Culture

Neil Perry relaunches Hope Hospitality Foundation

The food outreach charity returns with gusto, and next year will open a public-facing shop where city workers can pick up convenient lunches

Photo: Steven Woodburn

Steven Woodburn

Neil Perry is keeping the momentum of a good thing going, relaunching the Hope Hospitality Foundation. “We’re refocusing what we’re doing – coming out of the pandemic, we didn’t want to forget about all the good work we had done,” says Perry. Formerly known as Hope Delivery, the relaunched charity harnesses what the hospitality industry does best – cooking, welcoming, serving and connecting – by creating free meals for people in vulnerable situations.

Along with a kitchen preparing meals in Sydney’s Piccadilly Arcade, in 2023 the team will open a public-facing shop, where city workers can pick up convenient lunches. The profits from these on-the-go lunches will go towards creating even more meals for vulnerable people. “That’s what we do well in hospitality. We know we can make a more delicious, really efficient, nutritious meal,” says Perry. “Often there will be charities that will try and add a kitchen on; but we’re starting in the kitchen, and really doing what’s core to our DNA.”

The meals are created by volunteers, which everyday people can get involved with, regardless of their skills or experience. “It’s our amazing brigade of volunteers that allows us to feed people,” says Perry. In the kitchen you may find teams prepping braised zucchini and chilli rigatoni pasta; a warming chilli con carne; or a lovely dhal. All hearty nutritious, easy-to-transport options, which are created with rescued produce with help from Qube Logistics and Woolworths.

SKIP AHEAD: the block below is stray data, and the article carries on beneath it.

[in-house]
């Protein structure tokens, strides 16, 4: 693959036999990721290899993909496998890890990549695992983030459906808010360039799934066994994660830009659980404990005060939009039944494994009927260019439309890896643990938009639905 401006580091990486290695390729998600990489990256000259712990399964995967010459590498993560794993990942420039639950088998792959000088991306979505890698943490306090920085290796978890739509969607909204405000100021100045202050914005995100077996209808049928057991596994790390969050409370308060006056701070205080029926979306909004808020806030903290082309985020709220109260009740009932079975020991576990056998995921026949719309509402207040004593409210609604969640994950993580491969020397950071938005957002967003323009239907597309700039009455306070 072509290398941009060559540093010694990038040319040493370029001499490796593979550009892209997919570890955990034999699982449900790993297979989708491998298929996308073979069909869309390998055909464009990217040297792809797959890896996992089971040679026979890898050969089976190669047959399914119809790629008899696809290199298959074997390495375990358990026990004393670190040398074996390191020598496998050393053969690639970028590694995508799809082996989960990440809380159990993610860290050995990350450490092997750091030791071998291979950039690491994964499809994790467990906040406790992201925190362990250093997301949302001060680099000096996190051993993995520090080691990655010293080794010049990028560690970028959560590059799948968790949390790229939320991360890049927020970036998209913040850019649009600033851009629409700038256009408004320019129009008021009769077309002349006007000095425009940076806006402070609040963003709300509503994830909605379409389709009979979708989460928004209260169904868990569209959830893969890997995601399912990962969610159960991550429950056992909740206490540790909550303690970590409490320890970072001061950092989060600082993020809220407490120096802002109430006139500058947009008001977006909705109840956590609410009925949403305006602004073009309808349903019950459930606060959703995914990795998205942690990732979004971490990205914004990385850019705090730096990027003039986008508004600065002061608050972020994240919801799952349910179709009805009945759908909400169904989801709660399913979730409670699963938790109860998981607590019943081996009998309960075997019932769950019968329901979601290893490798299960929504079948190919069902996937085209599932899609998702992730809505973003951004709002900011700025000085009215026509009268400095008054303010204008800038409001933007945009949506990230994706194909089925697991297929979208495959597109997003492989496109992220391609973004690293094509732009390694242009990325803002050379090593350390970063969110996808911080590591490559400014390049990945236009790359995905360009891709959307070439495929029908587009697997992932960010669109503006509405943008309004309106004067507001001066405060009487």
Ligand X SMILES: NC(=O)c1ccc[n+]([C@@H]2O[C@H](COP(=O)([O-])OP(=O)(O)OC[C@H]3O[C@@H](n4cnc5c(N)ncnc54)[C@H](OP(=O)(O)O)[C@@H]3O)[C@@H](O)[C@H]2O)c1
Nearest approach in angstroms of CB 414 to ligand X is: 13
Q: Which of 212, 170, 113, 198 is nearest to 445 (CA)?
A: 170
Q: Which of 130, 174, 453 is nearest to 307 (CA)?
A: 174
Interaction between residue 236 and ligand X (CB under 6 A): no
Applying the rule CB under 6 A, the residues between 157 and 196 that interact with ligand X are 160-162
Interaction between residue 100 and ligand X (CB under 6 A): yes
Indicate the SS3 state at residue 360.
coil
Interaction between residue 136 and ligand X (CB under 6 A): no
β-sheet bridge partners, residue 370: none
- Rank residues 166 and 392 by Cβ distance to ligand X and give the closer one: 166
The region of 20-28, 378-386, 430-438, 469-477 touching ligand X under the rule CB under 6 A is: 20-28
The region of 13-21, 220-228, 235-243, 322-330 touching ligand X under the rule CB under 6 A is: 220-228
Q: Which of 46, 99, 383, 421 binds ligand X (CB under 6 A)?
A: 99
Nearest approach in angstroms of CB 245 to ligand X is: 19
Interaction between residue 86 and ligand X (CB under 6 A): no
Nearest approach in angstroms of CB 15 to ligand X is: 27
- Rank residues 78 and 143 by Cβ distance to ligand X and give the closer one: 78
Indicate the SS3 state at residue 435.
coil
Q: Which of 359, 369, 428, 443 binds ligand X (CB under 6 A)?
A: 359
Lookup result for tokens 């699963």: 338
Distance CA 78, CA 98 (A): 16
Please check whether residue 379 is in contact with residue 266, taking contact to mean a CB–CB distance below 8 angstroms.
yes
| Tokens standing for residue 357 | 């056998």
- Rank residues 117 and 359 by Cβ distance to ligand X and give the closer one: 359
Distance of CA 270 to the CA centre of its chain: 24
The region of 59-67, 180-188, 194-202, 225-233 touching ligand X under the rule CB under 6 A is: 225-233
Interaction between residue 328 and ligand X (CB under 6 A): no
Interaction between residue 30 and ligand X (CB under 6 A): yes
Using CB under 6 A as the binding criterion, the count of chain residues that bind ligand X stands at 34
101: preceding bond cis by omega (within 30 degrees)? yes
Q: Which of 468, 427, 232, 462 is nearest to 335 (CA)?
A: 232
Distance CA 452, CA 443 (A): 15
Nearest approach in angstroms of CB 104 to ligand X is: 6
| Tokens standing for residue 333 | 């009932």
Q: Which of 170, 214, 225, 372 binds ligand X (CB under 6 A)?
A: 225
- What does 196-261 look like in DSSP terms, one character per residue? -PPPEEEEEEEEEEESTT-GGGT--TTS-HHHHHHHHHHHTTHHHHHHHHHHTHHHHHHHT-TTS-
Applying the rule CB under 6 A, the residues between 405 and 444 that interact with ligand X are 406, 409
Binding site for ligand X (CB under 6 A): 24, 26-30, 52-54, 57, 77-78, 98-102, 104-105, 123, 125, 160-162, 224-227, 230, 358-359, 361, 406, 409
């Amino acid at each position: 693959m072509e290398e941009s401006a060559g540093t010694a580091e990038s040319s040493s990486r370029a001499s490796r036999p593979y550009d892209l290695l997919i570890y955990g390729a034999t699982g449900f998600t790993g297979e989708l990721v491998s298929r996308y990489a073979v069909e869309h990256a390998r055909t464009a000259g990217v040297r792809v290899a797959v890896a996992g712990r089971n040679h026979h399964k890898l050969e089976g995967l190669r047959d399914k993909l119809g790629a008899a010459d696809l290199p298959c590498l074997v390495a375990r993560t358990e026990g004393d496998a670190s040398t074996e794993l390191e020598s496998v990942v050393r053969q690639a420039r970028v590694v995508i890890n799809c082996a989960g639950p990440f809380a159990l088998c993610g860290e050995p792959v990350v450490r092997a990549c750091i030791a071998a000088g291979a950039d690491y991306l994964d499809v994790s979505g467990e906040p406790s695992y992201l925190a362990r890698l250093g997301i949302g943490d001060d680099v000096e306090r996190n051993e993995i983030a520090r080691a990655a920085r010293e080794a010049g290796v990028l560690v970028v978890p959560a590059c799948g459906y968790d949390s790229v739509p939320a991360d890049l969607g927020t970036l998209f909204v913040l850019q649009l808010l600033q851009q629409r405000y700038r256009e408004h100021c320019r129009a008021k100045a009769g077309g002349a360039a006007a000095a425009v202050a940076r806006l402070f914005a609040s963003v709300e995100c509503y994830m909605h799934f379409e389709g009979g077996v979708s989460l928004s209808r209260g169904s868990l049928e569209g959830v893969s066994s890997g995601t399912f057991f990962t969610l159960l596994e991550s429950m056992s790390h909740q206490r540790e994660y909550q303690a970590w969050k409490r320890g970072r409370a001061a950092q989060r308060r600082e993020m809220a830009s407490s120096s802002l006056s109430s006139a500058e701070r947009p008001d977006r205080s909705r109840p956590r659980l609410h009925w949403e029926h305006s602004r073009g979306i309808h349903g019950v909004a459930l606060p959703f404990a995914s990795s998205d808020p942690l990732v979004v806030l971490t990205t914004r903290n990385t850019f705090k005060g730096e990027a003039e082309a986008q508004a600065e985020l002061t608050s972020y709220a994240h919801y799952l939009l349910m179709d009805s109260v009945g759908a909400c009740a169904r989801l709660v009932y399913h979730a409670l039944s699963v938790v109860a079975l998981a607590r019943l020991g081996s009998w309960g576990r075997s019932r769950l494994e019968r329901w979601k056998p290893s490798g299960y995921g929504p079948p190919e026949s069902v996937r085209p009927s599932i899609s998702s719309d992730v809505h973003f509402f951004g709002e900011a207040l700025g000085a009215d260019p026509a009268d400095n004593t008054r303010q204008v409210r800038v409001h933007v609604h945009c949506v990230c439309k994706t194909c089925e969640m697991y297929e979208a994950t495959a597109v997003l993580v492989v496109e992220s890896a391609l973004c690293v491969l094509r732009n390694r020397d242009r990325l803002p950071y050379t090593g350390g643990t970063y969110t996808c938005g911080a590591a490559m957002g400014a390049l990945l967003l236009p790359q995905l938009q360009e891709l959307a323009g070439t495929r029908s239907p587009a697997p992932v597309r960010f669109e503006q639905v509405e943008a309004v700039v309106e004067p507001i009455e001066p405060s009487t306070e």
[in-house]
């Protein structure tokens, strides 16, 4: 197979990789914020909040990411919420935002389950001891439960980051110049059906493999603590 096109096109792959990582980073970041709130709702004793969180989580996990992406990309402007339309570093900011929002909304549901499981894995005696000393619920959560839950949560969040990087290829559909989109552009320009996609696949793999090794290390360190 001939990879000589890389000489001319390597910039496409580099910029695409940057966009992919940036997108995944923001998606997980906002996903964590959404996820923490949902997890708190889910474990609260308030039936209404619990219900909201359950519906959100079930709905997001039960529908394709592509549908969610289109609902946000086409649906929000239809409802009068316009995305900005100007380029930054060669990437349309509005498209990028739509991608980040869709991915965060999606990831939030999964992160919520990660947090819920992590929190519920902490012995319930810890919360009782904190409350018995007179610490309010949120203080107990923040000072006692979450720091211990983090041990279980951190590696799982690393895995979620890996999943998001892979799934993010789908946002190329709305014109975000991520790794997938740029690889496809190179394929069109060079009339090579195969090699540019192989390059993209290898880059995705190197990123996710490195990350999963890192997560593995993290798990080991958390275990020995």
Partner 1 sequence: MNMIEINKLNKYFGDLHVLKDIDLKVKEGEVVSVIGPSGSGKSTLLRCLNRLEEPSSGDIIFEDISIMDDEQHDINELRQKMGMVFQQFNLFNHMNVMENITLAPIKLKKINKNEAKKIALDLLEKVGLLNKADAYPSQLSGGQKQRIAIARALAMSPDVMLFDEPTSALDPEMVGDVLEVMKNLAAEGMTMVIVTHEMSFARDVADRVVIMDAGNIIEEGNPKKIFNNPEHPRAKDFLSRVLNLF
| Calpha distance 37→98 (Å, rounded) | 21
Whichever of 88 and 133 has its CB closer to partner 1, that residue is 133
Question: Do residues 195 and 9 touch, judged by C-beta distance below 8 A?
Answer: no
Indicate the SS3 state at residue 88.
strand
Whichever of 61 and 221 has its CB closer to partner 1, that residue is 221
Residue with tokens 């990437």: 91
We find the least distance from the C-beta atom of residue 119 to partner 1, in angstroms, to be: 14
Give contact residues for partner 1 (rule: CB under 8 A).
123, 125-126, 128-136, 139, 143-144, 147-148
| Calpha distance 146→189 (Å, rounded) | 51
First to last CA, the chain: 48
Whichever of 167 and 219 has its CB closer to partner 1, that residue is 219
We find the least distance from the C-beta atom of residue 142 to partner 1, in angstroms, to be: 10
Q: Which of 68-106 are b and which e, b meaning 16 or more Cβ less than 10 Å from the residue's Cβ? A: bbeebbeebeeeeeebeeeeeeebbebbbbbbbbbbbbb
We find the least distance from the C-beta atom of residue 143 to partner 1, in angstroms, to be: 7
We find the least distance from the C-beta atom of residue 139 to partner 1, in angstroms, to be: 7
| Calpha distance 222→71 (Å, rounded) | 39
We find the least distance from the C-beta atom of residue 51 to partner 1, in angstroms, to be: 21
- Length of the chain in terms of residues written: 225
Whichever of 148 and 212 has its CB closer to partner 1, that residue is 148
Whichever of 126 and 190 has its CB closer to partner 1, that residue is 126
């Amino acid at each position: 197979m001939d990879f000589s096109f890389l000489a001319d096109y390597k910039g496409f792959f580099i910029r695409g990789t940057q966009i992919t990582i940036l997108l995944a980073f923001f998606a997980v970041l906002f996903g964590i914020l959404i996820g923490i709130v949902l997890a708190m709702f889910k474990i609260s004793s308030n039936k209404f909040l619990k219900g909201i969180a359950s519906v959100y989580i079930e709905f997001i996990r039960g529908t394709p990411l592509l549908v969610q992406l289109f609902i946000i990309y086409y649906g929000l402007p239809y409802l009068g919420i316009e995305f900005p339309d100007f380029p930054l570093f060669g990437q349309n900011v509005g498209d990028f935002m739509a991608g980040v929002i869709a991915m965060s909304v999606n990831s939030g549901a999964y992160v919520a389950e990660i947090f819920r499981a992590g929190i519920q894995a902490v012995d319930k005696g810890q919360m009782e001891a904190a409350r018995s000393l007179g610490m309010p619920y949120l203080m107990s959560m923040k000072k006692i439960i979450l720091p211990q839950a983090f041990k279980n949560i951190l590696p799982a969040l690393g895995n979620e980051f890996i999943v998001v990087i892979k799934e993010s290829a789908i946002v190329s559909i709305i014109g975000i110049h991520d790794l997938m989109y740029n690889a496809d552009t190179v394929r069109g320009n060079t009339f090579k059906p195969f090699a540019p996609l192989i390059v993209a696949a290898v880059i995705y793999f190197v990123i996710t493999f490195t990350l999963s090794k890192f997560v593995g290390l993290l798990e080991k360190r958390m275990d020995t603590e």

Hope Hospitality Foundation meal;

(Photo: Steven Woodburn)

“We’re rescuing food that would typically go to landfill, and that allows us to extend our reach,” says Perry. Alongside volunteering, the charity also runs off donations, which can be given directly, or added to the bill when dining at Margaret, Baker Bleu, or at Perry’s new wine bar Next Door. “They’re receiving beautiful hospitality, and they can then pay that hospitality forward,” says Perry.

At the moment Hope Hospitality Foundation is partnering with other charities like OzHarvest to get the meals to the people that need them the most. “I didn’t want to reinvent the wheel and put vans on the road. Ronni [Kahn] already has a great network of vans,” say Perry.

“It doesn’t matter how many meals we produce, there’s always going to be a home for them.” Currently Hope is doing around 5000 meals a week, and are hoping to increase to 10,000 meals a week in the near future.

As Christmas rounds out the year, Perry encourages people to think beyond their own table and pay it forward. “Go on the website and give $10; that [will] feed five people,” says Perry. “It’s one thing to have a beautiful spread for your own family, but to provide for others is really something.”

hopehospitalityfoundation.org.au

Hope Hospitality Foundation volunteers;

(Photo: Steven Woodburn)

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